Nigeria’s army is reviewing the courts-martial of more than 600 soldiers and officers, including dozens condemned to death for allegedly deserting the battle against Islamic extremists, according to an order received by The Associated Press on Sunday.
The review comes three months after the inauguration of President Muhammadu Buhari, who has vowed to crush the Boko Haram Islamic uprising which has spilled across Nigeria’s borders.
An order signed by army administrator Maj. Gen. A. B. Abubakar and dated July 31 requires all accused and condemned soldiers to appear in northern Kaduna city before a committee sitting Aug. 7 to Aug. 24 “to screen and assess all disciplinary cases arising from erstwhile Op Zaman Lafiya” against Boko Haram.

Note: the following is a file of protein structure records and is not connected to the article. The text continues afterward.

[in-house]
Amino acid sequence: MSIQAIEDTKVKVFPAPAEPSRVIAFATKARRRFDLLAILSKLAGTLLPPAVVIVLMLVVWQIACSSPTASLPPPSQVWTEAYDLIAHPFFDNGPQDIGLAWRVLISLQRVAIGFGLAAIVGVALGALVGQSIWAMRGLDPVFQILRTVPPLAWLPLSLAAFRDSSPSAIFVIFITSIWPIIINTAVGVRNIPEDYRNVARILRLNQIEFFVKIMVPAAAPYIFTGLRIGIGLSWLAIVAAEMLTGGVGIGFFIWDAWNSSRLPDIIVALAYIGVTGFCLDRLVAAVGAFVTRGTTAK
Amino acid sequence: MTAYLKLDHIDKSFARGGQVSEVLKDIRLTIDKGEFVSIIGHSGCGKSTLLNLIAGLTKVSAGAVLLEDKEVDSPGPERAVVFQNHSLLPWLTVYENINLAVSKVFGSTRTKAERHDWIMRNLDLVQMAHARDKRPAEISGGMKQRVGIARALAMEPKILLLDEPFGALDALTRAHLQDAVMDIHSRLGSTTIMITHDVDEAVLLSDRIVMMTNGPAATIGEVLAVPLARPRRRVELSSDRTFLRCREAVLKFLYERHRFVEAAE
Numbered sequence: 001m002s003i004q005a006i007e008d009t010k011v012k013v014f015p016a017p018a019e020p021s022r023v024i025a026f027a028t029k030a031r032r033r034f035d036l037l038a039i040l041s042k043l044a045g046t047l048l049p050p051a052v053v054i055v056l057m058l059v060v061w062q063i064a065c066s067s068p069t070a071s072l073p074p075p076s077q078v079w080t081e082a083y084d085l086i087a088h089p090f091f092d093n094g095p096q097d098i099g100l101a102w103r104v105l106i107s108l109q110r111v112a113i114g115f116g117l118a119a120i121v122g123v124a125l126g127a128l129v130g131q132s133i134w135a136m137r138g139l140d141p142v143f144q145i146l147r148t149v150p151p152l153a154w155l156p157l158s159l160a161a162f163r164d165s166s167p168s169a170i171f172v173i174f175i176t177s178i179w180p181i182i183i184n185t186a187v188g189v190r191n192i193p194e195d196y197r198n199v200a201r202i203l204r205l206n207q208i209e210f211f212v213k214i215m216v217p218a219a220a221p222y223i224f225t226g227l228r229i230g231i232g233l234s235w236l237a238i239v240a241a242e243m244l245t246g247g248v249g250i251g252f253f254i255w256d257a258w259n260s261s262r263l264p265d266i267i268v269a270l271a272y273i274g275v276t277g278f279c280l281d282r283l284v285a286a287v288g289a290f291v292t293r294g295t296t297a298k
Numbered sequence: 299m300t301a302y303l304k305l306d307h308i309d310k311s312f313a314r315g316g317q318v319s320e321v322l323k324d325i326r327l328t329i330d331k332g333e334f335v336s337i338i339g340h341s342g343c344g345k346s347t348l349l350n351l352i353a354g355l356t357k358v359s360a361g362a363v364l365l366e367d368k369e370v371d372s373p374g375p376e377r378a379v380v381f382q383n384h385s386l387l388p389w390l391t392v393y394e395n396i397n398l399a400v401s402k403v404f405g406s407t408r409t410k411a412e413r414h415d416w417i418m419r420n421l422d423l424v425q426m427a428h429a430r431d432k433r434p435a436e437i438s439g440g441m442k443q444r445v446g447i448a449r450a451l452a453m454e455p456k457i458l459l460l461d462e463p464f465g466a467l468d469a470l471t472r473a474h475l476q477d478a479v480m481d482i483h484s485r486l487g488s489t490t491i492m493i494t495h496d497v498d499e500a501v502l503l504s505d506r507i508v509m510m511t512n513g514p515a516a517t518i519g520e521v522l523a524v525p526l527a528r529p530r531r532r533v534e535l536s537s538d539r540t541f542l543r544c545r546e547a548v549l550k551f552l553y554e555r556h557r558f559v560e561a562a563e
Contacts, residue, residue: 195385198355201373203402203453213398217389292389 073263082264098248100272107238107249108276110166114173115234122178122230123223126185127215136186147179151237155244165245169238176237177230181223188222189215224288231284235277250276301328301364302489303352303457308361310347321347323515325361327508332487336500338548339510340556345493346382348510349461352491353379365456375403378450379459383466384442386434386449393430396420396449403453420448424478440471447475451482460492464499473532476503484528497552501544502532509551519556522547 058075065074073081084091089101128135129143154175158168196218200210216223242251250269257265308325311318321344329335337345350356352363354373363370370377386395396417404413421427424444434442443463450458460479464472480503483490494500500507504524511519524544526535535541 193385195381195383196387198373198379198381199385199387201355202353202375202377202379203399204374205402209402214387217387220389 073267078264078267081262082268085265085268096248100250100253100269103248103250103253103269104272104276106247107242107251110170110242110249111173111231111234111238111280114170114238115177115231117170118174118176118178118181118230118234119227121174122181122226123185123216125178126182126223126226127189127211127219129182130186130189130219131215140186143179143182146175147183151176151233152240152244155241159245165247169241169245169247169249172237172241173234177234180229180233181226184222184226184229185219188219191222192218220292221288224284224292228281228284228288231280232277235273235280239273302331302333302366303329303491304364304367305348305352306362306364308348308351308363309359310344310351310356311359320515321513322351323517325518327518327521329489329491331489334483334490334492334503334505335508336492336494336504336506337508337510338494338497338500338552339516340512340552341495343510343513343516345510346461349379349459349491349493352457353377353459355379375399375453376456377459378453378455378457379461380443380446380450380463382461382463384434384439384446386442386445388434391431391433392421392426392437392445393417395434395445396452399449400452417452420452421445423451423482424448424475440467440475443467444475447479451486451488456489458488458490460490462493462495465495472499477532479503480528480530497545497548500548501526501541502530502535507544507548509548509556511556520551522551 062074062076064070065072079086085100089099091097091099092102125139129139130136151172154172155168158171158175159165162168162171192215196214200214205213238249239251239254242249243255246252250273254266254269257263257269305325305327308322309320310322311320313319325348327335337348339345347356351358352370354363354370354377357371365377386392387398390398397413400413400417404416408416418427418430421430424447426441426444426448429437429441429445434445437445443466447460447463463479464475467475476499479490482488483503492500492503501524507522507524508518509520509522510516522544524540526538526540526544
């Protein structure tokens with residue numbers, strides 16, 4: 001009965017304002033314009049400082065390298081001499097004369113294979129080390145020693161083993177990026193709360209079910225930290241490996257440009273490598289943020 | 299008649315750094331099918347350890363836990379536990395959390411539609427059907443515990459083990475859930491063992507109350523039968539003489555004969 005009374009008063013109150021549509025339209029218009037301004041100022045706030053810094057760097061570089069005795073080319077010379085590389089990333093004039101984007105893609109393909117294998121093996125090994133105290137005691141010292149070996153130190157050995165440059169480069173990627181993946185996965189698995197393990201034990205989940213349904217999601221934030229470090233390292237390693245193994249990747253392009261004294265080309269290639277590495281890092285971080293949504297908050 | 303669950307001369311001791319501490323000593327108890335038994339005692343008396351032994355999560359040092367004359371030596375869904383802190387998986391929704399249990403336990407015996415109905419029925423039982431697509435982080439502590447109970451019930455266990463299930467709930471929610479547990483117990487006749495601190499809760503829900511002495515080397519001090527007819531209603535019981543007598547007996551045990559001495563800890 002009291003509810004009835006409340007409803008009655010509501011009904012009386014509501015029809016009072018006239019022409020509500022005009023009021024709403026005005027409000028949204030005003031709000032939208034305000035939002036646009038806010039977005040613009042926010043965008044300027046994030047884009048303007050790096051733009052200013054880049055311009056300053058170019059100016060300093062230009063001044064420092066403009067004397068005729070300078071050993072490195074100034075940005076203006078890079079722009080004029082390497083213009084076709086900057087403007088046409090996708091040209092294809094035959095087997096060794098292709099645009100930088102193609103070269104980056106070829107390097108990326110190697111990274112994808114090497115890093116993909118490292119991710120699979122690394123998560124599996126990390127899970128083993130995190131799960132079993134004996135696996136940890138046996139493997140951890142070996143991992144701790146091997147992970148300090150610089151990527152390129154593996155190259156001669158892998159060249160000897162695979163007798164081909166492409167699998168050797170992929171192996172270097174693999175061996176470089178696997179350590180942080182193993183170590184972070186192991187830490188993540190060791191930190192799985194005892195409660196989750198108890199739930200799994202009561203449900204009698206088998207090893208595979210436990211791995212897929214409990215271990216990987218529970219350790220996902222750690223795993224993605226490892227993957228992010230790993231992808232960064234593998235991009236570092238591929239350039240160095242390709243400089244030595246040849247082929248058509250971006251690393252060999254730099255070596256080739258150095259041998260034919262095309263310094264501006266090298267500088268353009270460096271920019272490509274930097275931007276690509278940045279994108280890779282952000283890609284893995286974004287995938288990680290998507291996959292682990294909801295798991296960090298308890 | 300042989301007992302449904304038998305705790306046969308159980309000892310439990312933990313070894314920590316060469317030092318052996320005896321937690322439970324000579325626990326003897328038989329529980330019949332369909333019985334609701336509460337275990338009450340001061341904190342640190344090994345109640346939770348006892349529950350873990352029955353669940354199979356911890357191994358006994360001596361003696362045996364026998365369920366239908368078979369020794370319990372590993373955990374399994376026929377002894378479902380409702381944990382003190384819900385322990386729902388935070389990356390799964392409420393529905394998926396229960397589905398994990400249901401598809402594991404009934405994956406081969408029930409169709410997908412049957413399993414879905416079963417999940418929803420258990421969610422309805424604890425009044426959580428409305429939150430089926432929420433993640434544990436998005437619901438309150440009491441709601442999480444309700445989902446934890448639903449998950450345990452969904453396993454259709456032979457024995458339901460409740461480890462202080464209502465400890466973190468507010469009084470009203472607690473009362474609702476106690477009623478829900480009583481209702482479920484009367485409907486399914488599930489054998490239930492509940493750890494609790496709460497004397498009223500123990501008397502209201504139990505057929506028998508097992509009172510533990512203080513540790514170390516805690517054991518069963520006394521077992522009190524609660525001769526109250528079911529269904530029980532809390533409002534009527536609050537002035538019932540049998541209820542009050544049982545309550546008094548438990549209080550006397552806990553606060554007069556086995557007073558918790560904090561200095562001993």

Seventy-two soldiers were condemned to death by three courts-martial last year for alleged cowardice, mutiny, aiding the enemy and other charges. Another 579 are before ongoing courts-martial.
Human rights lawyer Femi Falana has called the trials “a travesty” held in secret because the soldiers’ evidence is a condemnation of Nigeria’s military establishment — indicating corrupt officers often divert money meant for salaries and arms.